1927 Sherwood Foresters 2–0 Dalhousie AC
1926 Sherwood Foresters 5–1 Cheshire Regiment
1925 2nd Battalion RS Fuliliers 5–1 Cheshire Regiment
1924 Calcutta FC 5–1 23 brigade REA
1923 Calcutta FC 3–0 Mohun Bagan
1922 Calcutta FC 1–0 Dalhousie AC
1921 3rd Battalion Brecknockshire 3–1 Calcutta FC
1920 Black Watch 2–0 Kumartuli
1919 1st Battalion Brecknockshire 3–1 Calcutta FC
1918 Training Reserve Battalion 1–0 Signal Service Depot
1917 10th Middlesex 2–0 Brecknockshire Regiment
1916 North Staffordshire Regiment 2–1 Calcutta FC
1915 Calcutta FC 0–0; 3–0 Calcutta Customs
1914 King's Own Regiment 1–0 Calcutta FC
1913 Royal Irish Rifles 2–0 91st Highlanders
1912 Royal Irish Rifles 1–0 Black Watch
1911 Mohun Bagan 2–1 East Yorkshire Regiment
1910 Gordon Highlanders 0–0; 3–0 Calcutta FC
1909 Gordon Highlanders 0–0; 3–0 Calcutta Customs
1908 Gordon Highlanders 2–0 Calcutta Customs
1907 Highland Light Infantry 0–0; 1–0 Calcutta FC
1906 Calcutta FC 1–0 Highland Light Infantry
1905 Dalhousie AC 4–3 Calcutta FC
1904 Calcutta FC 1–0 King's Own Royal
1903 Calcutta FC 0–0; 1–1; 2–1 King's Own Scottish Borderers
1902 93 Highlanders 3–0 Dalhousie AC
1901 Royal Irish Rifles 4–0 Black Watch
1900 Calcutta FC 0–0; 6–0 Dalhousie AC
1899 South Lancashire Regiment 2–0 Barrackpore Artillery
1898 Gloucestershire Regiment 1–0 42nd Highlanders
1897 Dalhousie AC 4–0 31st Field Battery
1896 Calcutta FC 3–0 King's Shropshire Light Infantry
1895 Royal Welch Fusiliers 1–0 King's Shropshire Light Infantry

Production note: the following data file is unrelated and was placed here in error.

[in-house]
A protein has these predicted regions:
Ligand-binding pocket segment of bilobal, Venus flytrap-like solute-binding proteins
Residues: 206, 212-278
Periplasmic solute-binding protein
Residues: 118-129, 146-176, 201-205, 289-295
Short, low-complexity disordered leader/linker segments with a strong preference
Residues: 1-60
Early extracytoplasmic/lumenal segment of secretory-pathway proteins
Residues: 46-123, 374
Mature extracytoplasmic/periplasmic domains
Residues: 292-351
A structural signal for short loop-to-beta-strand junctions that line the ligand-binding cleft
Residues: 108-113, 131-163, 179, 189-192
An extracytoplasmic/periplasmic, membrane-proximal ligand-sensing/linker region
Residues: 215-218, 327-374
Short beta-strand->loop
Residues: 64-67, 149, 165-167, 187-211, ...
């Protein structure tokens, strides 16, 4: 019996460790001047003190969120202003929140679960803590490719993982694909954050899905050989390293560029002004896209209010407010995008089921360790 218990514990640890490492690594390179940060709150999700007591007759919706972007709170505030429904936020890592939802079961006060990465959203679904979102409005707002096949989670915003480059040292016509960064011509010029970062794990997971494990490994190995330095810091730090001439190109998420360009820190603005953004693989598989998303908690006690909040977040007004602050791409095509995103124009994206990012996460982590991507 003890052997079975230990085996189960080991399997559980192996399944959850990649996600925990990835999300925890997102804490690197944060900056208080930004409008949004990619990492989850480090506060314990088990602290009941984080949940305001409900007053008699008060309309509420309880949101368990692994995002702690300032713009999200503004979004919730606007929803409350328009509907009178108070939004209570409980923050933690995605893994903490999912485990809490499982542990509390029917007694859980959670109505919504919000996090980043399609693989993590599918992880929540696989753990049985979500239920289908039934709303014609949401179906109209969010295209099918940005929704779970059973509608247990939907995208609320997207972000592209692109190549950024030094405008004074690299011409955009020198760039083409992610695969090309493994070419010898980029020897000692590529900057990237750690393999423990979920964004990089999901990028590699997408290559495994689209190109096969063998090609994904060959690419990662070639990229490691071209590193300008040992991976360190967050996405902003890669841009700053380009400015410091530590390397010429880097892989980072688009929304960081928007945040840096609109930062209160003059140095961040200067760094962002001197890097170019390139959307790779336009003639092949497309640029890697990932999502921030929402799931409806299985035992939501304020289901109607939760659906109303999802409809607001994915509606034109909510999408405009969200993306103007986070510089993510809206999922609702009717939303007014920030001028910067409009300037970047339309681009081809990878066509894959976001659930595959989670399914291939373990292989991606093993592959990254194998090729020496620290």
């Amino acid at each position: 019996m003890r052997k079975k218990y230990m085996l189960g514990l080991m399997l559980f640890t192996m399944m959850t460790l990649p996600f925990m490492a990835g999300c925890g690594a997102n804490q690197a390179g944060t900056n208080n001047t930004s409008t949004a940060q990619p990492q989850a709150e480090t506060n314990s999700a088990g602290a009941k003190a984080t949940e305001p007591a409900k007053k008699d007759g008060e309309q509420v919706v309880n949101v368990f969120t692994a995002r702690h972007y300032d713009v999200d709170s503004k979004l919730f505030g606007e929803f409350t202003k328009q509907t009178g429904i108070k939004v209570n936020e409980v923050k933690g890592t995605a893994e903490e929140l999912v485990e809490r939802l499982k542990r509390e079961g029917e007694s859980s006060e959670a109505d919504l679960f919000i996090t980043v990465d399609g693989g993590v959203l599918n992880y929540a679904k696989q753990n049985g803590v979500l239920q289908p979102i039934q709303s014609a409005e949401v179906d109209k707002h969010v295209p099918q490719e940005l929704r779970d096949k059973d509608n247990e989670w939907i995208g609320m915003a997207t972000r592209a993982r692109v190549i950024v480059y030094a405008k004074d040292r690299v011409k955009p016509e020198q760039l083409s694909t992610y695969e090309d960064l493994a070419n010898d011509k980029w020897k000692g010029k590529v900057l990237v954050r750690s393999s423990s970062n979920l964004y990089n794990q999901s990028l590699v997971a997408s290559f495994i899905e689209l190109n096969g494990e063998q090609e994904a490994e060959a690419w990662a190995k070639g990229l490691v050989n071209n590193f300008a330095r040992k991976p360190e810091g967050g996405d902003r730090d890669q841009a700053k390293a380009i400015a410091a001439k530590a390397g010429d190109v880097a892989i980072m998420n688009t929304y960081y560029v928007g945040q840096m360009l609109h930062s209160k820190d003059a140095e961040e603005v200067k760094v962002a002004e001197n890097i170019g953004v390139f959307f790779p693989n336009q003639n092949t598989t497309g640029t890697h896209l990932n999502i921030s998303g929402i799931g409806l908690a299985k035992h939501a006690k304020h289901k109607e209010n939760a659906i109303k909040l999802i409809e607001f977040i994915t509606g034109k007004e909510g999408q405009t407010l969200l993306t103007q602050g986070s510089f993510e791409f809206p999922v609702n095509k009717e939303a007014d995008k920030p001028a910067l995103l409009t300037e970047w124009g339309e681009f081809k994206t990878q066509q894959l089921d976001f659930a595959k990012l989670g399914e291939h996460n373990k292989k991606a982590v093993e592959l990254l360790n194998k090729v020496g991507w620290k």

1894 Royal Irish Rifles 2–0 Rifle Brigade
1893 Royal Irish Rifles 1–0 W.D.R.A.


1. ^ Tournament not held.
2. ^ Joint winners.
3. ^ Abandoned.
4. ^ Abandoned midway as Mohammedan Sporting refused to continue.
5. ^ Abandoned due to rain during the replay. Mohun Bagan refused to play again and were scratched.
6. ^ Abandoned after 35 minutes as Palmeiras started a brawl on the pitch, match cancelled. Palmeiras have been scratched from the record books.[3]
7. ^ Final Abandoned.



  1. "IFA Shield now U-19 tourney". Telegraph India. 10 January 2015. Retrieved 16 February 2016.
  2. "The Glorious History Of IFA Shield". TheHardTackle.com. 8 March 2011. Retrieved 16 February 2016.
  3. "A pity it had to end like this". Sportstaronnet.com. 2 November 2001. Retrieved 16 February 2016.
  4. "Decision on AIFF ban on July 15". Rediff.com.com. 10 June 2003. Retrieved 16 February 2016.
  5. "IFA Shield: Tata Football Academy wins the 120th IFA Shield". 7 March 2016. Retrieved 14 March 2016.
  6. Live IFA Shield "IFA Shield Live Score Details", Retrieved on 12 February 2016.